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Style Magazine

Film Review: The Other Woman

May 27, 2011 11:08AM ● By Wendy Sipple

Emilia is a 22 year old Harvard Lawyer who falls in love with her boss, Jack Woolf. Unfortunately Jack is married, but it is not long before the attraction turns into an affair that results in Emelia’s pregnancy. Jack then divorces his wife and marries Emilia. Tragedy strikes when Emilia’s baby, only three days old, dies from SIDS. Dealing with the death of her baby, the challenges stemming from her 12 year-old stepson William and a furious ex-wife Emilia begins to struggle to keep her life and marriage together.

The Other Woman’s largest flaw is that the story is told from the wrong perspective. The filmmakers try to manipulate the audience into having empathy for the character of Emilia portrayed by Natalie Portman. Despite their best efforts I found myself loathing her character. Sure, I feel bad for anyone who loses a child, but it does not excuse almost every other bad -- and at times downright mean -- behavior. If that was not bad enough, almost every adult character in the film is deeply flawed in a very despicable way. This is not restricted to just cheating on spouses, but their treatment of family and friends makes one wonder how people like that even have friends or family. I thought at least Carolyne Woolf, played by Lisa Kudrow, who was a victim of her cheating husband could be a sympathetic character, but the movie portrays her to be especially mean and vicious not only to her ex and his new wife but to her own son William.
The character of William, the 12 year-old son who is caught in the middle of these wicked adults, is the character most people will connect to. He is not without faults, but for a kid who has seen his life explode and have every adult in his life treat him like garbage, he seems to handle things well. This is the perspective the film should have been told from to have a lasting impression. As it stands are forced by the filmmakers to invest in the home wrecking, mean spirited, selfish, reckless, cold and hypocritical character of Emilia. And perhaps following William's character may have paid off if we saw a meaningful character arch. That didn’t happen though.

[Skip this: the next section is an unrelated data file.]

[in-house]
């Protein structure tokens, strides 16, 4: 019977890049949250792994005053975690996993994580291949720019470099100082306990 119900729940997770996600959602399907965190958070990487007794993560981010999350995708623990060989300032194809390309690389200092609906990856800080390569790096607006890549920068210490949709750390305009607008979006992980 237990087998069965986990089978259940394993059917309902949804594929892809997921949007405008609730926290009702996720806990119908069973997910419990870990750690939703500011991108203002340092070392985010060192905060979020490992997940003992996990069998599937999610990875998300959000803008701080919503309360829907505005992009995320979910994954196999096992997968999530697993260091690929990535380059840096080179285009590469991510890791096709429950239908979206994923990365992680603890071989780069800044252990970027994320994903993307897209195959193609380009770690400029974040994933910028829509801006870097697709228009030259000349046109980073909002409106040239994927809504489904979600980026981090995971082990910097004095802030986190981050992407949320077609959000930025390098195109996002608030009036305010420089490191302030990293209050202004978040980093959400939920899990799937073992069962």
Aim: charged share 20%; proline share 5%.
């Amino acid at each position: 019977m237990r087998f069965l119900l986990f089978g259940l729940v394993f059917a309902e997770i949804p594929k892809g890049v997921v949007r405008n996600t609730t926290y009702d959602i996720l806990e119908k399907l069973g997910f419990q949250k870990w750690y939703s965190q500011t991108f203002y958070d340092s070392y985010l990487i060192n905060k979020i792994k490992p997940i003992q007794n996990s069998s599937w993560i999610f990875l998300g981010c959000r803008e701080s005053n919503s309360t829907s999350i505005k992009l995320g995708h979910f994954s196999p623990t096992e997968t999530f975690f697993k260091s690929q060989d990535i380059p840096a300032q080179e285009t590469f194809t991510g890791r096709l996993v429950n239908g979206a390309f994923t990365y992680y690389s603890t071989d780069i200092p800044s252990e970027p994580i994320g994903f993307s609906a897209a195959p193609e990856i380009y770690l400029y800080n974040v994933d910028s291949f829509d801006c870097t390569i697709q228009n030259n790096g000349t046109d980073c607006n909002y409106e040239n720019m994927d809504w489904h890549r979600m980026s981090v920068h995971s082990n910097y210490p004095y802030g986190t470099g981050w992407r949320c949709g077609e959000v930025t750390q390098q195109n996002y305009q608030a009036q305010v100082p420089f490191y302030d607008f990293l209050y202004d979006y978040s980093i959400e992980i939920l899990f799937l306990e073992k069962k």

What may have affected my opinion of the movie as well is Natalie Portman’s performance. With Black Swan, Natalie Portman received widespread praise for the strength of her acting. I am not among those who sing her praises. While she gave several brilliant performances as a child actor -- my favorite is her role in The Professional -- I have yet to see her turn in a great performance as an adult. Her performances seem flat and emotionless to me. She does try and is able to turn on the water works in the right places, but I just wasn’t moved by her performance of Emilia. It just felt rehearsed and mechanical to me.
The drama of The Other Woman might be enough to keep you interested until the end of the movie but the film fails on the message it wanted to send. It’s clear the filmmakers want you to root for Emilia and Jack to stay together. I just found myself hoping for a way out for William with little concern for any of the adult characters in the film. It’s a sad fact that many children get stuck paying the price for their parents' mistakes. With that in mind, the film sends an honest message of why adults should think twice about their actions, but I don’t think that message was sent on purpose.
People looking for a romantic comedy, or something that has some form of romance in it, should not look in this film’s direction. For those seeking a brooding drama, that is absent of any comedy or romance, then you might appreciate The Other Woman.  
FILMS LIKE THE OTHER WOMAN – Little Children, Bridges over Madison County and The End of the Affair


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Justin Buettner is Style's resident movie dude! How did he get this role? Well, he graduated from Loyola Marymount University with a Bachelor of Arts in film Production and a duel minor in Animation and Business with an emphasis in the entertainment field. He later went on to work on several independent films in various key roles including writer and later worked in the special effects field as a motion capture artist. He has since relocated to the Sacramento area with his family and continues writing for small independent films in addition to his movie reviews for Style Magazine.

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